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Pakistan and India on Sunday exchanged the lists of nuclear sites and prisoners in each other’s custody as part of various agreements in place between the two countries, the Foreign Office (FO) said.
According to the FO, the tradition of exchanging the nuclear installations and facilities list has existed since January 1992, whereas the first exchange of the prisoners’ list took place in 2008.
“The Government of Pakistan shared with the Indian High Commission in Islamabad a list of 705 Indian prisoners detained in Pakistan, including 51 civilian prisoners and 654 fishermen,” reads a press release from the FO.
It confirmed that the Indian government also shared with the High Commission for Pakistan in New Delhi a list of 434 Pakistani prisoners in India, including 339 civilian prisoners and 95 fishermen.
The FO said that Pakistan requested for early release and repatriation of its 51 civilian prisoners and 94 fishermen, “who have completed their respective sentences and their national status stands confirmed”.
“Furthermore, a request for grant of consular access to missing defence personnel of 1965 and 1971 wars and special consular access to 56 civil prisoners have also been made,” the press release added.
The FO said the simultaneous exchange of lists took place in pursuance of the Consular Access Agreement of 2008, adding that both countries are required to exchange the lists of prisoners in each other’s custody on Jan 1 and July 1, every year.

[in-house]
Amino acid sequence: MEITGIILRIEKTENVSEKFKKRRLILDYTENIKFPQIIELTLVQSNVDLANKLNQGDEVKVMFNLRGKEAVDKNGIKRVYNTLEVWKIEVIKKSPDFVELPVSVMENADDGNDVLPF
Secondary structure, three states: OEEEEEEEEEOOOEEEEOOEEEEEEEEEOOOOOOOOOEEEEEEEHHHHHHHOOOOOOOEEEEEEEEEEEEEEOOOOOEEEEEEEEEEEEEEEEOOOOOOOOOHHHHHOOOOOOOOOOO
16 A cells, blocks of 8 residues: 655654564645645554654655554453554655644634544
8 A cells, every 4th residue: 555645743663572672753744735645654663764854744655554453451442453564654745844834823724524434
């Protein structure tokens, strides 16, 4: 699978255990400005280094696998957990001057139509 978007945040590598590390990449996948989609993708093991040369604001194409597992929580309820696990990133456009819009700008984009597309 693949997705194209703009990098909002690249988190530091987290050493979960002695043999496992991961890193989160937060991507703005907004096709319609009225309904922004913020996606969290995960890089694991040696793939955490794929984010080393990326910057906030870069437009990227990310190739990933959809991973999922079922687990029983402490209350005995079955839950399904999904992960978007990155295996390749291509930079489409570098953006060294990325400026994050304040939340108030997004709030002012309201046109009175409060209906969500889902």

Maritime trespassing is common in India and Pakistan because of disputed maritime boundaries and small fishermen lacking good navigational tools.
Therefore, the arrest of fishermen found violating the maritime boundary is common, but their release is a complicated process due to hostile relations between the two countries.
It may take a year or more for arrested fishermen to be released, but in most cases, they lose their fishing boats, which are usually kept by the authorities that arrest them.
List of nuclear sites
Another press release said the list of nuclear installations and facilities in Pakistan was officially handed over to a representative of the Indian High Commission in Islamabad at the Ministry of Foreign Affairs today.
“Simultaneously, the Indian Ministry of External Affairs also handed over the list of India’s nuclear installations and facilities to a representative of the Pakistan High Commission in New Delhi,” the press release added.
The FO said the Agreement on Prohibition of Attacks against Nuclear Installations and Facilities between Pakistan and India was signed on December 31, 1988, and ratified on January 27, 1991.
The press release added that under the agreement, both countries have to inform each other of their nuclear installations and facilities on Jan 1 of each calendar year.
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